Despite Florida’s Book Ban, Kizzy’s Books & More Embraces African-American Culture

As Florida continues to ban books, more Black-owned bookstores continue sharing African American stories. Trenessa Williams owns the online bookstore Kizzy’s Books & More, headquartered in Orange County.

Williams opened her store in 2018 after one of her favorite local bookstores permanently closed, Click Orlando reports. According to its website, Kizzy’s is an independent bookstore committed to embracing the African American culture and the joy of reading. Before entering the book space, the Winter Gardens native wanted to be a New York-based fashion buyer for luxury boutiques, but in 2008, something changed. “I got up that Saturday morning, went to that bookstore, to find out that the location wasn’t open,” Williams said.

“I thought, ‘OK, we need a bookstore here.’”

For 10 years, Williams walked the journey to entrepreneurship. She pursued her MBA in marketing and earned her Doctorate of Business Administration in 2014. Shortly after, she worked as a school liaison for Orange County Public Schools and an instructor for Bethune-Cookman University.

Recently, she used her platform as a business owner to foster her relationship with her community. As recent legislation in the Sunshine State has limited children’s access to books written by African American writers, the HBCU professor collected over 100 books to donate to children, working with different community organizations. “I reached out to some organizations and my customers and set up the book drive on my site,” Williams said. “Reading is so fundamental and so powerful, and it’s especially important for kids to have access to books.”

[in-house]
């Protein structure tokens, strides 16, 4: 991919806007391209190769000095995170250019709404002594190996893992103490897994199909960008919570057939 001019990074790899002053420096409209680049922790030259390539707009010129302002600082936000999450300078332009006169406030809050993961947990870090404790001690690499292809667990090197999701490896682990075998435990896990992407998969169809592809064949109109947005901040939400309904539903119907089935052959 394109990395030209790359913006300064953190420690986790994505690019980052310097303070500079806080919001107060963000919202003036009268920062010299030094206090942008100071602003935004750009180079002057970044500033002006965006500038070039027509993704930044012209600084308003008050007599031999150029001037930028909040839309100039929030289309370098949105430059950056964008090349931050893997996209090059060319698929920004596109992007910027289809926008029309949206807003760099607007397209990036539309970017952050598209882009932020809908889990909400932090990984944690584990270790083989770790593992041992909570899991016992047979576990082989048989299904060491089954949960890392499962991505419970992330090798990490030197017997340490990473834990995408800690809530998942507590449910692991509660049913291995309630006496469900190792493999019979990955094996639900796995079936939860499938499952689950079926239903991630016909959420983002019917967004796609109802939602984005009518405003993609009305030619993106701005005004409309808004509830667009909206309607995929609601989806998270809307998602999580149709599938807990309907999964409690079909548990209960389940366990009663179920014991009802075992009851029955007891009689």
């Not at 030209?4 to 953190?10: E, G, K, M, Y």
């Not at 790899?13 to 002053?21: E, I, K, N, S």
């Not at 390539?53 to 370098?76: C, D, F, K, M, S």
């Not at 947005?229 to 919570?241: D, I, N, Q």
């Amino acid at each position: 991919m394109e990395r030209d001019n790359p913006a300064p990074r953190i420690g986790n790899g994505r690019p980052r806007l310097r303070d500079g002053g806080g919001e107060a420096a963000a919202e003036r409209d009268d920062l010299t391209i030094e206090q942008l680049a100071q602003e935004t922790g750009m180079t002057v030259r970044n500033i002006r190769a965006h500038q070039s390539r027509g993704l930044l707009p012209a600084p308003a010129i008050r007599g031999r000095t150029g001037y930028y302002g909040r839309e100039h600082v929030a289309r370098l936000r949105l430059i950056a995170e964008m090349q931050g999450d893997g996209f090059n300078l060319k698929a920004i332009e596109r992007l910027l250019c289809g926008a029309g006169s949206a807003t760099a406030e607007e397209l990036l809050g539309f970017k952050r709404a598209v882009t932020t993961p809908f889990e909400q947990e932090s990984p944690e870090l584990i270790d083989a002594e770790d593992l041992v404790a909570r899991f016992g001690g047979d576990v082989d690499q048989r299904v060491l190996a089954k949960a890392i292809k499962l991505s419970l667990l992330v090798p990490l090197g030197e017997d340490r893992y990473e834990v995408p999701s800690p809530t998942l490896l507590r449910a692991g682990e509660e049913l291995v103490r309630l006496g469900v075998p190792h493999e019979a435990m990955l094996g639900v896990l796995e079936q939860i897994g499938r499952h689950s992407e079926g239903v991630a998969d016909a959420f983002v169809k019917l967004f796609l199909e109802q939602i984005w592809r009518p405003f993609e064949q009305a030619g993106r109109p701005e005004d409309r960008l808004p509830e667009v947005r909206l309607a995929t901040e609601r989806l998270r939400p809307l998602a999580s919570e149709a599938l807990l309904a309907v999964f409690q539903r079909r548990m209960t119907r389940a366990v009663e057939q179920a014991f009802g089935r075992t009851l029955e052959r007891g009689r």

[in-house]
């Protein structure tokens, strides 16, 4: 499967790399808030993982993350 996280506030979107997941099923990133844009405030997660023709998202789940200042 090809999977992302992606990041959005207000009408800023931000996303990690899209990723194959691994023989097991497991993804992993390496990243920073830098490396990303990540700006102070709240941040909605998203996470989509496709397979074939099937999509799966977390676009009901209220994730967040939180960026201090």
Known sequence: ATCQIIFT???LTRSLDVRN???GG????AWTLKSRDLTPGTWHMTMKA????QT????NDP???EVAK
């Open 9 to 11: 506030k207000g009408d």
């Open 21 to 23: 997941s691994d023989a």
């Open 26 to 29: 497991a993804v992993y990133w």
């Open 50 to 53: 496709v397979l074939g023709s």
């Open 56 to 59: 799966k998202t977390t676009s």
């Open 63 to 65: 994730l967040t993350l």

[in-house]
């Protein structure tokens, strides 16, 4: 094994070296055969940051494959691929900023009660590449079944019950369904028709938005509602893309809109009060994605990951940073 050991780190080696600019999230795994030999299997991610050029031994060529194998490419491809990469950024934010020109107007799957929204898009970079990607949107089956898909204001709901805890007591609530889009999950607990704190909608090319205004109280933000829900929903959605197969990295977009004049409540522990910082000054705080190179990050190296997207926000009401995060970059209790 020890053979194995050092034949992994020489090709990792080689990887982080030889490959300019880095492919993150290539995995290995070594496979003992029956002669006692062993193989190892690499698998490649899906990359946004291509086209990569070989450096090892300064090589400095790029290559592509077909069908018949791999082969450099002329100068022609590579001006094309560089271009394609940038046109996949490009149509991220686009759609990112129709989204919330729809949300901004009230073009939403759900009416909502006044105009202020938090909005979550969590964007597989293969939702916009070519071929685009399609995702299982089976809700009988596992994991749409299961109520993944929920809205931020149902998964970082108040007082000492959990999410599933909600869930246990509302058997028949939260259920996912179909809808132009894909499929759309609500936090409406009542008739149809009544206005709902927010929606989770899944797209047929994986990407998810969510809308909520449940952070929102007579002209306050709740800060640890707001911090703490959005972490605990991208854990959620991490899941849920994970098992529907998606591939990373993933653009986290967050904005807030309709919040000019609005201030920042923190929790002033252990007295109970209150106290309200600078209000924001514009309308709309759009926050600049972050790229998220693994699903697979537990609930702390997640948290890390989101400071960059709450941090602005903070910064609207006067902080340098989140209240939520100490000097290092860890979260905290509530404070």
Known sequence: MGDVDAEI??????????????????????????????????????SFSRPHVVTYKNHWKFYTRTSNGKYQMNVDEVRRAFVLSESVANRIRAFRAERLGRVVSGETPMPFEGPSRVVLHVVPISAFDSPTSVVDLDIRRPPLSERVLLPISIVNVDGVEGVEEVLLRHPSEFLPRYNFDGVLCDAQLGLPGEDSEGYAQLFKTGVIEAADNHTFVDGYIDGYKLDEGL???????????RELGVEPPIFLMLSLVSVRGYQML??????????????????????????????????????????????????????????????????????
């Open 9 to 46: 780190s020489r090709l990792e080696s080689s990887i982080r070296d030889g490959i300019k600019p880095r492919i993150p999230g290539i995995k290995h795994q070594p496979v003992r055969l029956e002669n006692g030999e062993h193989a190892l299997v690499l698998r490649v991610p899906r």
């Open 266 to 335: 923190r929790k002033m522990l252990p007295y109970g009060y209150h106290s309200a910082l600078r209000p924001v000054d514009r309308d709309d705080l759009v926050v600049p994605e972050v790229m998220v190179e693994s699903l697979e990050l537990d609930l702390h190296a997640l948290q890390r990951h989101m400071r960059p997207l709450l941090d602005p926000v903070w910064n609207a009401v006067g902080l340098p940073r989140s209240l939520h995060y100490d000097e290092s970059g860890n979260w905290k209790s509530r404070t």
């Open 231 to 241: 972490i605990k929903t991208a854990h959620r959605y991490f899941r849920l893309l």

Earlier this year, Kizzy’s participated in the Protect Black History initiative, sponsored by the National Black Cultural Information Trust, Inc. The program provided Black history resources and materials to local communities and organizations needing support, including free online Black history seminars, panel discussions, and children’s storytimes. Regardless of her status as a business owner, Williams says she doesn’t want to stop growing. “When I talk to my students, I always tell them that it’s OK to have different jobs and different aspirations,” Williams said.

“You’ll get to wherever it is that you want to get to.”